Jeff McManus’ experience with bio-diesel fuel fell into his lap, more or less, lasted only about five months, and now is on hold. All that said, McManus would not hesitate to repeat the process.
“For us, it was a great experience,” says McManus, the director of landscape services, golf and airport operations with the University of Mississippi in Oxford, Miss,, pointing to the improved productivity bio-diesel produced and its environmentally responsible benefits. “We got sold on it because it was so clean.”
The experiment also fit into the department’s role in improving the campus’ overall appearance and presenting the most appealing image possible to prospective students.
But the department’s use of bio-diesel — and the reason none of its mowers now use the fuel — reveals a roadblock all managers need to consider in deciding whether and how to undertake such efforts.
Bio-diesel is nontoxic, biodegradable and suitable for sensitive environments. It contains no petroleum but can mix with petroleum diesel to create a bio-diesel blend.
The department started using the fuel in June 2008, when the university’s Mississippi Mineral Resources Institute (MMRI) began producing bio-diesel and looked for applications to test its product. MMRI produced the bio-diesel using vegetable oil from local restaurants. An MMRI official approached McManus to see if the 33-person department would be interested in trying the fuel in some of the 14 diesel mowers used to maintain the hilly, 1,000-acre campus.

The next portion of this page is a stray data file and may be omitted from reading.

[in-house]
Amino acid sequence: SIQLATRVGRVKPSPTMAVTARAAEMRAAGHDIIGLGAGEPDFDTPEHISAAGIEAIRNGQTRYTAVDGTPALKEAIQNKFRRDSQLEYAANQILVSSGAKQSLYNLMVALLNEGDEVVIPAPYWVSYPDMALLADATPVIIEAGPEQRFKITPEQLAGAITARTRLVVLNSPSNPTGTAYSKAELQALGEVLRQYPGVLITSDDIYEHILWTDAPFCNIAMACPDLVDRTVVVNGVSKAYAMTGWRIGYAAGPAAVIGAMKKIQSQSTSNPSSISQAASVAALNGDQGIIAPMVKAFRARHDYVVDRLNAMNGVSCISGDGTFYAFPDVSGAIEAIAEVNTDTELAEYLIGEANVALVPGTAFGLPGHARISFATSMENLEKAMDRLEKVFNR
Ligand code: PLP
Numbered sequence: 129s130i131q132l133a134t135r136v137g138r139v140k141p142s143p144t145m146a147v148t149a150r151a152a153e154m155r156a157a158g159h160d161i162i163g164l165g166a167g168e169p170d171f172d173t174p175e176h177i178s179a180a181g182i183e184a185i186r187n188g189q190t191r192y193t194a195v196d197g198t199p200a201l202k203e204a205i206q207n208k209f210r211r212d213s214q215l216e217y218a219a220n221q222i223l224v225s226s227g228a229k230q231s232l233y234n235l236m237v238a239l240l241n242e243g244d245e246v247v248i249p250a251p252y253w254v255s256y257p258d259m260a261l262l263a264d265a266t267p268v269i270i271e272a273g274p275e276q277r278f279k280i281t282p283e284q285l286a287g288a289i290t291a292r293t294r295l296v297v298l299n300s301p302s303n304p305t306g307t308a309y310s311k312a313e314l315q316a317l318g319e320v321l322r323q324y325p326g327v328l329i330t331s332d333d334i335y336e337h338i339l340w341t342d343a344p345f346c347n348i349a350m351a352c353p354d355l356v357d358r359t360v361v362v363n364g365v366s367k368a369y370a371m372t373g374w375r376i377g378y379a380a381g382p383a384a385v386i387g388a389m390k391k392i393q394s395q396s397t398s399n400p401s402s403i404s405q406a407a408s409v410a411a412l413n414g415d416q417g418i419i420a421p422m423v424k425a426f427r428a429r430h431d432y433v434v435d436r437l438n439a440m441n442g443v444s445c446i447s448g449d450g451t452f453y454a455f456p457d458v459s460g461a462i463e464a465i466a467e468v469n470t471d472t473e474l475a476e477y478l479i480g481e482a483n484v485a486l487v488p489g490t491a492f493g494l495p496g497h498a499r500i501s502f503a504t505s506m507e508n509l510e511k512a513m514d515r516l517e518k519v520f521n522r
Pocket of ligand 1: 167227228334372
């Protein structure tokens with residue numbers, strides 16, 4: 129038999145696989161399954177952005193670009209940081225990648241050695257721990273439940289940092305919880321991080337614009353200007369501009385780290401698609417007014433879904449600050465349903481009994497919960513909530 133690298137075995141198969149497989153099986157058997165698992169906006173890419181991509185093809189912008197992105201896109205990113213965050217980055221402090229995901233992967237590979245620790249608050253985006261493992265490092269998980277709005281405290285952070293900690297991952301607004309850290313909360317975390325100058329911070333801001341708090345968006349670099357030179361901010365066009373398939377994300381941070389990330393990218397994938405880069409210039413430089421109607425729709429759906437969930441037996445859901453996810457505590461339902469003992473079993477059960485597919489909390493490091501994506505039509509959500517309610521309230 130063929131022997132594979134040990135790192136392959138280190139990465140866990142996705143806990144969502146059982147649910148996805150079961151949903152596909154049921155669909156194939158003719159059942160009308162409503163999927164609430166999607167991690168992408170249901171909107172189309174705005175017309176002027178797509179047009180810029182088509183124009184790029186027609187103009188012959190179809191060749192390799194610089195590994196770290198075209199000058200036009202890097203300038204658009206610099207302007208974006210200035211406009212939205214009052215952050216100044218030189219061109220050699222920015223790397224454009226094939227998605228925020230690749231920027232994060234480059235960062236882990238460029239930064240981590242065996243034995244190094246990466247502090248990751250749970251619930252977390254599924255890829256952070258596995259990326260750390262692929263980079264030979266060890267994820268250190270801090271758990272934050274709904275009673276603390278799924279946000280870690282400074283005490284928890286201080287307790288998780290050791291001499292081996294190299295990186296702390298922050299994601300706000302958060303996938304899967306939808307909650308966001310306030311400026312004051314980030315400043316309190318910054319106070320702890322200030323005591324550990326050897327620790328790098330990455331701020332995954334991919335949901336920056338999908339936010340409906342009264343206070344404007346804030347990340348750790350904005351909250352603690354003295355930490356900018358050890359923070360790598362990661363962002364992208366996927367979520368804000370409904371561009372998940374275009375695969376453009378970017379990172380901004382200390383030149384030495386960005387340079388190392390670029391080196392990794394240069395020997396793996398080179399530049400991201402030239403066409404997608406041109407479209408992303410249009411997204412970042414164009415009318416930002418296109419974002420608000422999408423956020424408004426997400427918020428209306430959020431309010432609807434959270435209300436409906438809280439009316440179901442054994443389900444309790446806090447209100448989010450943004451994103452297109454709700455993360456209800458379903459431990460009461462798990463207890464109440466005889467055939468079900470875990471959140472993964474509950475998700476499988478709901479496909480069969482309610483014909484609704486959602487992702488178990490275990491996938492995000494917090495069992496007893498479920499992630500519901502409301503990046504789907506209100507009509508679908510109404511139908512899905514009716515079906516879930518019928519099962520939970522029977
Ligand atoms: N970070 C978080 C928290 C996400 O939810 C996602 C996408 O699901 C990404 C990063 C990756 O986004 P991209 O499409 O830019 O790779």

“They were looking for a guinea pig, so to speak,” he says. Initially, McManus and his staff hesitated.
“Our biggest fear was that the bio-diesel fuel might damage our current mowers,” McManus says. “We were very leery, and believe me, our folks had heard the horror stories on how bio-diesel has ruined equipment.” The first mower to use bio-diesel was one of the department’s oldest models, a 72-inch unit.
“We used the bio-diesel at a 10 percent ratio to 90 percent diesel, at first,” McManus says. “We put one of our best operators on the mower and instructed him to be sensitive to any lack of performance issues he noticed. After about 24 hours of operating time, we noticed a drop in performance, which we were expecting, so we changed the fuel filter immediately. The mower ran great with noticeable increase in efficiency.” Slowly, the department expanded its use of bio-diesel.
“We increased the bio-diesel ratio to 20 percent and ran until October,” he says, adding one result of the changeover was increased run times. “Before switching to bio-diesel , the (72-inch) mower ran five to six hours on a tank of fuel. After using the bio-diesel, it was running eight to nine hours on a tank of fuel.” Soon, more mowers made the switch.
“We slowly introduced another mower to bio-diesel fuel and repeated the process of changing the fuel filter around 24 hours of operation,” McManus says. “At the end of the summer, we had seven of our 14 mowers on bio-diesel fuel with no major problems.” The department came to embrace the alternative fuel, though McManus and his staff remained cautious about its effects on the equipment.
“We were very cautious and deliberately slow in moving mowers over to the fuel,” he says. “Each time we got a new batch in, we tested it on one piece of equipment first in order to limit any potential damage.”
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